On May 22, Altria announced that it executed a closing agreement with the Internal Revenue Service settling the federal income tax treatment of fourteen years of leveraged lease transactions (commonly known as lease-in/lease-out (LILO) and sale-in/lease-out (SILO) transactions) entered into by Altria’s wholly-owned subsidiary, Philip Morris Capital Corporation.
Altria had defied the IRS challenges to these transactions in a number of pending cases. In October 2006, Altria filed a complaint in the United States District Court for the Southern District of New York to claim refunds related to its LILO and SILO transactions for 1996 and 1997. In July 2009, following an eleven day trial, a jury returned a unanimous verdict in favor of the IRS. Altria filed motions for judgment as a matter of law or, in the alternative, for a new trial. On March 17, 2010, the court denied Altria’s post-trial motions and, on April 19, 2010, entered final judgment in favor of the IRS.
Altria appealed the final judgment to the United State Court of Appeals for the Second Circuit. In an opinion released on September 27, 2011, the Second Circuit affirmed the District Court’s ruling, and the jury’s findings, against Altria. Altria had a similar tax refund claim pending in the Southern District of New York for the same transactions applicable to the 1998 and 1999 tax years.
According to the press release issued by Altria, the settlement included the 1996 through 1999 tax years and tax years through 2003, in all of which the IRS had disallowed the tax benefits claimed from these transactions. The settlement also covered the tax years 2004 through 2009 for which Altria claimed tax benefits generated by the LILO and SILO transactions but which the IRS was expected to disallow. Altria did not claim tax benefits pertaining to the LILO and SILO transactions in the 2010 and 2011 tax years and, under the terms of the settlement agreement, will not claim such benefits in future tax years.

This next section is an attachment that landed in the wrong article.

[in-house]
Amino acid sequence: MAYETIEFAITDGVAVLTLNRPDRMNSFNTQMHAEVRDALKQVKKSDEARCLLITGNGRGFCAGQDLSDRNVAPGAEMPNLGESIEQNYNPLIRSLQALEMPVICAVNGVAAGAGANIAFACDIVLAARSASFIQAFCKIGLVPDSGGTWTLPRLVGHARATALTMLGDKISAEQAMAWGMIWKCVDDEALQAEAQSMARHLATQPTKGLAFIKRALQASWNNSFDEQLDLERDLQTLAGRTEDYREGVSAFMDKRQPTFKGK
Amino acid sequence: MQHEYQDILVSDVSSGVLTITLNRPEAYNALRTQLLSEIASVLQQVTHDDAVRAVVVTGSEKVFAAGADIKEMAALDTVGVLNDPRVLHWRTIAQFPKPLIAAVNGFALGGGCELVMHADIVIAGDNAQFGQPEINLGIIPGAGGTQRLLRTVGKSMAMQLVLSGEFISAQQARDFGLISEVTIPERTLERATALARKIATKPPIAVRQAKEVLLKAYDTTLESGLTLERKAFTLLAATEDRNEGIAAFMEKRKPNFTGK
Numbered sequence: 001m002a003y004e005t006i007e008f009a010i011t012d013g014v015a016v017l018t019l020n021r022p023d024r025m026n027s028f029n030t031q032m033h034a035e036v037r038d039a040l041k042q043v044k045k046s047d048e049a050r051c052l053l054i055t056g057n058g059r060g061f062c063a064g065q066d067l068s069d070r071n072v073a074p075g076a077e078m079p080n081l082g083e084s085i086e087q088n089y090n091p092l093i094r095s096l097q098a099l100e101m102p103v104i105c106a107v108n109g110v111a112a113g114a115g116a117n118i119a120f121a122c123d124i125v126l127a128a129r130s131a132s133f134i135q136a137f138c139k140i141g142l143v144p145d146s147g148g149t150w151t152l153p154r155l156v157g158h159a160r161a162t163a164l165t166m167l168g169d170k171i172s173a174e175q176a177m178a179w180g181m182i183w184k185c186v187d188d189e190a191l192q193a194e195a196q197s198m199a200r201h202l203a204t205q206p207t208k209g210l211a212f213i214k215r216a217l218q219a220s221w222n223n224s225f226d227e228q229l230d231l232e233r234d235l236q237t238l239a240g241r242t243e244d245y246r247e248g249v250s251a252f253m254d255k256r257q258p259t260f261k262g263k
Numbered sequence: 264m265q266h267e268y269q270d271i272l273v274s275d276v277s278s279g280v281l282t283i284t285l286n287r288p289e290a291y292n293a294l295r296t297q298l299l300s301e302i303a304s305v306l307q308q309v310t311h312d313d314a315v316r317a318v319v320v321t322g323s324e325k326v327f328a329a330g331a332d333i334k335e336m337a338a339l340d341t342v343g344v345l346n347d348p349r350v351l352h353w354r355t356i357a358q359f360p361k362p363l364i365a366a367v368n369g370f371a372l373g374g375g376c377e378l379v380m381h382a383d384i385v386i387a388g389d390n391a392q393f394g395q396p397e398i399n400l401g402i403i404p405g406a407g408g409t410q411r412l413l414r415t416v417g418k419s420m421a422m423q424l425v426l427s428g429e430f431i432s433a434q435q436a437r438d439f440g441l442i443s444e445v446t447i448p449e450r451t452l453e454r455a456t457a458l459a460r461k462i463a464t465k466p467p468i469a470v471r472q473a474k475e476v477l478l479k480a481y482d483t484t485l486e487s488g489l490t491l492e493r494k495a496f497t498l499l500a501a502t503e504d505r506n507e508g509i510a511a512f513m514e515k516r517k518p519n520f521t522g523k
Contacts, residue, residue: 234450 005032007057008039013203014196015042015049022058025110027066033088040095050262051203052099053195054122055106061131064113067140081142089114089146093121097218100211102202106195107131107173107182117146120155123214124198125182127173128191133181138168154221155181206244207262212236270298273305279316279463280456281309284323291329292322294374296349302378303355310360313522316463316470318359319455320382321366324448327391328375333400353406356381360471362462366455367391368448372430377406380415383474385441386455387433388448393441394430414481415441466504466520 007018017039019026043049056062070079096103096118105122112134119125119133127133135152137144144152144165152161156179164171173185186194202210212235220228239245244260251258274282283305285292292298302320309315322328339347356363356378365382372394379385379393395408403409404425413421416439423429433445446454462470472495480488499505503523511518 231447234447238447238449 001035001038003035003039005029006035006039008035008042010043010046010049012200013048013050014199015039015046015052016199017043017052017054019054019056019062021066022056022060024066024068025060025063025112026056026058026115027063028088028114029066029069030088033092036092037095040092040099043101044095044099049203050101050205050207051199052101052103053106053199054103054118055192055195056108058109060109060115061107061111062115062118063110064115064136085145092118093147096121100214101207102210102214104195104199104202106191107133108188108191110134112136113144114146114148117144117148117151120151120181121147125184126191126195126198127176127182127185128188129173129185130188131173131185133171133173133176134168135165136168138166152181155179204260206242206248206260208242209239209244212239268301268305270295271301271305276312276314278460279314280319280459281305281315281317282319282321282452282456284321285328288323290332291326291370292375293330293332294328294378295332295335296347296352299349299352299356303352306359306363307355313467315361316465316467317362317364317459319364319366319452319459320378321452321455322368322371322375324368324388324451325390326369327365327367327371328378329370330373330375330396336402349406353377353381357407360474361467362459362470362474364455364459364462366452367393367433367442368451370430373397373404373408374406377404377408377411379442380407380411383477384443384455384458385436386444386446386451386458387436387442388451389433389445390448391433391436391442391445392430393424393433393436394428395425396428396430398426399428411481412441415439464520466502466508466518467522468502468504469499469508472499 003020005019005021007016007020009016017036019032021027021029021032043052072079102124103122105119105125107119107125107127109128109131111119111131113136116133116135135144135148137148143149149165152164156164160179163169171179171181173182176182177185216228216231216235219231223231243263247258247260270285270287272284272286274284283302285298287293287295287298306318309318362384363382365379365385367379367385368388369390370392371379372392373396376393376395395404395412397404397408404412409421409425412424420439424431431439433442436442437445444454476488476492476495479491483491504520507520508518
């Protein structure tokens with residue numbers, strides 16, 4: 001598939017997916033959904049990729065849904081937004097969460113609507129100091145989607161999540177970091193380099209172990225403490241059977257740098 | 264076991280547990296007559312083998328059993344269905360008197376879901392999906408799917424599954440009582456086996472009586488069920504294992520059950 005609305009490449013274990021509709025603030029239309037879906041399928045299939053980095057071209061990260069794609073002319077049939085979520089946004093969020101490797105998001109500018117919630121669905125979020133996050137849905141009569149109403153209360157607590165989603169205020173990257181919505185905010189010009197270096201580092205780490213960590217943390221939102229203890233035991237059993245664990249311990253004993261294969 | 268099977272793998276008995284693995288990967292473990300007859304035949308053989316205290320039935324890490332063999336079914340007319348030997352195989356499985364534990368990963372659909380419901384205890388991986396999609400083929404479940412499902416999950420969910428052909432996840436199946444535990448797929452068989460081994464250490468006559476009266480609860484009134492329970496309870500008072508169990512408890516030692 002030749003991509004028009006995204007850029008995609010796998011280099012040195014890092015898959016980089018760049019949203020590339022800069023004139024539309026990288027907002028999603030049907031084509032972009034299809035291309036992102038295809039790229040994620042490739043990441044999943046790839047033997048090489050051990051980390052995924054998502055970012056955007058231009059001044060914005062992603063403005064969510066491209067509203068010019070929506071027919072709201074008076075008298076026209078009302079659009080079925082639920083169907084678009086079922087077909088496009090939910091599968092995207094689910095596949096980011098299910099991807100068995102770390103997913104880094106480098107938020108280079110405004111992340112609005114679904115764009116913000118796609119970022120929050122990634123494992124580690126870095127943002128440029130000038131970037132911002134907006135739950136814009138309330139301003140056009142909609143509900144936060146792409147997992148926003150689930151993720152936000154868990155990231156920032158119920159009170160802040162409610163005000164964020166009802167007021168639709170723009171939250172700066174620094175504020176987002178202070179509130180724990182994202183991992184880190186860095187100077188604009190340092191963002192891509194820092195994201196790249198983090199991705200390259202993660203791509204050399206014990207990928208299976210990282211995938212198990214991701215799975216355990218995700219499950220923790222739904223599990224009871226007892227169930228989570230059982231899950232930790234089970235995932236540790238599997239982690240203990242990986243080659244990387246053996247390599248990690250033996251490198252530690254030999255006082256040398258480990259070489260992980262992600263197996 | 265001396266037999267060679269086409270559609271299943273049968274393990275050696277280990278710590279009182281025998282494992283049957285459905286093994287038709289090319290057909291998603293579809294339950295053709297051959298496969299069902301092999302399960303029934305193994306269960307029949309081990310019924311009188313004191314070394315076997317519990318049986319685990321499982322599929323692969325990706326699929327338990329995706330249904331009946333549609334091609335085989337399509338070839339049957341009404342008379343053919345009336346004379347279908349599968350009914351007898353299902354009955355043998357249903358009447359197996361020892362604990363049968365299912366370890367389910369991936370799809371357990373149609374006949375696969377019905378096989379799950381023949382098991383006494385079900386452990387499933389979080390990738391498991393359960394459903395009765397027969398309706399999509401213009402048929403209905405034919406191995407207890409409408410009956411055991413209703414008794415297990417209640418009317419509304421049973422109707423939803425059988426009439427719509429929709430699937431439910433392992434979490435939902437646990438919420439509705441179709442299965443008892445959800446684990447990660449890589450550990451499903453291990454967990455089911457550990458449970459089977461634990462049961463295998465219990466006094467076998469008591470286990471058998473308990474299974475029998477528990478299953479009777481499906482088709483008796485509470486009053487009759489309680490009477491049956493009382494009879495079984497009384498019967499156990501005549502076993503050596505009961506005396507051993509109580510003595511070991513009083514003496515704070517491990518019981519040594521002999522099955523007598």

Altria expects to pay approximately $450 million in federal income taxes and related estimated interest with respect to the 2000 through 2010 tax years. The payment is net of federal income taxes that Altria paid on gains associated with the sales of assets leased in the LILO and SILO transactions from January 1, 2008 through December 31, 2011. Of the $500 million, Altria also expects to pay approximately $50 million of state taxes and related estimated interest. The tax component of these payments represents an acceleration of federal and state income taxes that Altria would have otherwise paid over the lease terms of the LILO and SILO transactions. Pursuant to the settlement agreement, the IRS will not assess penalties against Altria for the LILO and SILO transactions in any tax year, open or closed, through the 2010.
Read the Altria Group, Inc. press release here:
Altria PMCC Press Release May 22, 2012
Read the Second Circuit’s Opinion here:
Altria Group v. US, No 10-2404 (2d Cir. 2011)